Welcome to the chiminea wiki! Here is a collection of all terms chiminea and their meaning in a short, easy-to-understand format. Let me know if there’s anything I missed!
Chiminea made of clay and usually the traditional shape with a bulbous fire bowl connected to a chimney stack. Clay chimineas bring rustic charm to any garden but they do require a bit of care to make sure not to crack them.
Steel chimineas are made primarily out of steel. They have become extremely popular in recent years as they offer online retailers a lighter option that is easier to store and ship. They usually come in a few parts that need a bit of assembly but can be hardwearing and long lasting.
Often steel chimineas will have cast iron legs to give them some weight to prevent toppling.
Cast Iron Chimineas
Chimineas are made of cast iron. These are the largest and hottest types of chiminea. They can cope with burning hotter fuel than wood so can accommodate coal or charcoal and are an excellent choice for cooking.
Most chimineas come with a lid that sits on top of the chimney and prevents everything from water to debris from entering the chimney stack when the chiminea is not in use.
For more info on chiminea lids check out this article.
Metal chimineas come with legs but clay chimineas usually need a stand that holds the chiminea in position. Stands are usually made of metal and usually come as part of your chiminea purchase as they are vital to it standing upright.
For more information on chiminea stands check out this article.
Essentially any wood that is properly seasoned or kiln-dried and is not too big to put in the fire bowl of your chiminea. Try this article for more info on chiminea wood.
A fire bowl is the part of the chiminea that houses the fire. In the traditional chiminea shape, the chiminea is widest at this point.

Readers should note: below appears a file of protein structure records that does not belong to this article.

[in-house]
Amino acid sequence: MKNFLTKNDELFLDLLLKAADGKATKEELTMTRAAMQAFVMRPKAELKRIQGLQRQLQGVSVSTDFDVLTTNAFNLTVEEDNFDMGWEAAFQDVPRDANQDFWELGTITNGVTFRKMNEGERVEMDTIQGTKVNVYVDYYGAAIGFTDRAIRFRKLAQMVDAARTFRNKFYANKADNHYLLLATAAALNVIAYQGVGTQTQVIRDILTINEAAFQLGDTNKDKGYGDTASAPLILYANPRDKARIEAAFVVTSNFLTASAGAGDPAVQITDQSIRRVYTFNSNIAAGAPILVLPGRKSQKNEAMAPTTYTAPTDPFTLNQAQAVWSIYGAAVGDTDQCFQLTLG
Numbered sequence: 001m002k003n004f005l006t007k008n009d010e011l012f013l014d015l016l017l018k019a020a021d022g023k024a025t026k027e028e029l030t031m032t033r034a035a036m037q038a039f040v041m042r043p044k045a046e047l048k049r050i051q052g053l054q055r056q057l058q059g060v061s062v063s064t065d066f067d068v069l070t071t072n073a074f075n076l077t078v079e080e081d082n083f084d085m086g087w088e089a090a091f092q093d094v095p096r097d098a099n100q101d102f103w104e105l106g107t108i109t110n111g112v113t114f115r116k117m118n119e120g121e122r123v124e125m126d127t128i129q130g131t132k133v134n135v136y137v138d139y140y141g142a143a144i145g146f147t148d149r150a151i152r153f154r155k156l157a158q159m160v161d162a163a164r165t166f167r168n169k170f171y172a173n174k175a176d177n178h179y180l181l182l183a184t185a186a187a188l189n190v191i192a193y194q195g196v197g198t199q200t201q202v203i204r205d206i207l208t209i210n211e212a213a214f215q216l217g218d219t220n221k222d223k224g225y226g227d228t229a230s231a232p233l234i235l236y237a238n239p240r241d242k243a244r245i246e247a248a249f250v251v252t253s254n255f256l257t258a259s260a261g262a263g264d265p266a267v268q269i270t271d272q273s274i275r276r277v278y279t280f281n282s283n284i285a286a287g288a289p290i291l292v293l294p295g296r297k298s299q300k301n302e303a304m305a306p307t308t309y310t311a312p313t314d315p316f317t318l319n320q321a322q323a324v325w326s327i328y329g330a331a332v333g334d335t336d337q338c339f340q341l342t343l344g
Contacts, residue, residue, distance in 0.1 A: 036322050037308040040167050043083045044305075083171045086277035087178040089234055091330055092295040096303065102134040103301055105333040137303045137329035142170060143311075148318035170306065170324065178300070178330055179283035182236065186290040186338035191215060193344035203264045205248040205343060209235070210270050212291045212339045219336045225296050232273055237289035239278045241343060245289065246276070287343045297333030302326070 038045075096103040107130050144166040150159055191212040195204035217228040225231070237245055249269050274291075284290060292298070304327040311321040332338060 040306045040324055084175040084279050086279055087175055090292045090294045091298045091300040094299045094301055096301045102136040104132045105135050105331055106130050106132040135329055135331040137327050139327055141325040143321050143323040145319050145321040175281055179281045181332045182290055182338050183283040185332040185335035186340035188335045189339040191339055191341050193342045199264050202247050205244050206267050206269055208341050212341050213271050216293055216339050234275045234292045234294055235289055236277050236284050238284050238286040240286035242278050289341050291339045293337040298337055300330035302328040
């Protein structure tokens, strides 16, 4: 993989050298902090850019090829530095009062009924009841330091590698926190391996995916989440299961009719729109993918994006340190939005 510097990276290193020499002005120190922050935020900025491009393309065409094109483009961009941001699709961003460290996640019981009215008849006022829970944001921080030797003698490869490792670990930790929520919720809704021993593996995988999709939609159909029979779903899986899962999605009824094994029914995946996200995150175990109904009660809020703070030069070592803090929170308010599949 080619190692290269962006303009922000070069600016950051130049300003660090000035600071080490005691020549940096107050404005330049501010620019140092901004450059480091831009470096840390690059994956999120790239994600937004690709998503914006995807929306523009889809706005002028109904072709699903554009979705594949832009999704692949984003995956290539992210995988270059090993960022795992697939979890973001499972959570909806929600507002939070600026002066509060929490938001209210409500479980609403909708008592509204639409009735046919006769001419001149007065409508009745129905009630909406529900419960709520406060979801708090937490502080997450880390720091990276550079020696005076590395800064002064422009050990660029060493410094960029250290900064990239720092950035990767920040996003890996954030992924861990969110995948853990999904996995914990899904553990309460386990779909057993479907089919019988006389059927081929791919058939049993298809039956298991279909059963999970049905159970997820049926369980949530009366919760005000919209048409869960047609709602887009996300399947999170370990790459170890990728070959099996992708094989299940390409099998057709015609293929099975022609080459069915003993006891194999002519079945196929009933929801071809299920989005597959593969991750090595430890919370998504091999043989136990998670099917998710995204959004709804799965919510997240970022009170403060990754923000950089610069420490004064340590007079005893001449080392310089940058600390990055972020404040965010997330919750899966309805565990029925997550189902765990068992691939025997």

The chimney part of your chiminea. as the fire burns in the fire bowl, the smoke is pulled up through the chimney and out the top.
Seasoning (also referred to as curing) is a process to prepare your chiminea by lighting small fires and letting them burn out before lighting a proper fire for the first time in your new chiminea. This curing process helps your clay chiminea deal with higher temperatures and results in fewer cracks and breakages as a result of heat shock. Check out this article that describes the process of how to cure a clay chiminea in detail.
A chiminea. Chimenea (with an ‘e’) is the literal translation of ‘chimney’ in Spanish. Chimenea spelling tends to be used more in the US.
Check back to the home page for the latest articles.
Yep, I’ve seen this spelling used too! Still a chiminea.
Small bits of softwood that will catch light easily to help start your fire. They work best when stacking in a teepee or pyramid shape which allows air to flow all around.
The spark arrestor (pictured right) is a device placed inside the top of the chimney stack and will catch any rising embers to make sure they are not expelled from the chimney.
Similar to any spark screen for a fire, you use this to cover the mouth of your chiminea to prevent sparks or hot embers from jumping out of your chiminea fire.
Metal chimineas often come with a mesh door which also helps act as a spark screen.
Stack is a term used for the chimney part of a chiminea.
The chiminea mouth is the opening at the front.
You might also like my FAQ article on chimineas.
For information on all the best places in the UK you can buy chimineas, check out my chiminea directory.